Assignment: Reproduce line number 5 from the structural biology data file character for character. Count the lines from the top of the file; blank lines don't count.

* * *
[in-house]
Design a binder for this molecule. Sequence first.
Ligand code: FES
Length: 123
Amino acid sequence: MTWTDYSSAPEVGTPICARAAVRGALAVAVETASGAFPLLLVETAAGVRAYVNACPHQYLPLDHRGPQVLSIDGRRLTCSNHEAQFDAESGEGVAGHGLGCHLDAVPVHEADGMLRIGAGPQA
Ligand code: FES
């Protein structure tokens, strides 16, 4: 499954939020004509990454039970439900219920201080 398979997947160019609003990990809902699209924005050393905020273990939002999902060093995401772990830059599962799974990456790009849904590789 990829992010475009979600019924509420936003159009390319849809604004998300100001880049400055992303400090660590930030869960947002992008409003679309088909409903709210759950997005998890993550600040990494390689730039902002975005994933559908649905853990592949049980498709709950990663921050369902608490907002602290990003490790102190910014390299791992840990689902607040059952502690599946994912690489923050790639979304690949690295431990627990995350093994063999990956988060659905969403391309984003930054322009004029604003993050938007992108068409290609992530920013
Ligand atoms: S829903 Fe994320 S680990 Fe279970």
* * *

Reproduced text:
Amino acid sequence: MTWTDYSSAPEVGTPICARAAVRGALAVAVETASGAFPLLLVETAAGVRAYVNACPHQYLPLDHRGPQVLSIDGRRLTCSNHEAQFDAESGEGVAGHGLGCHLDAVPVHEADGMLRIGAGPQA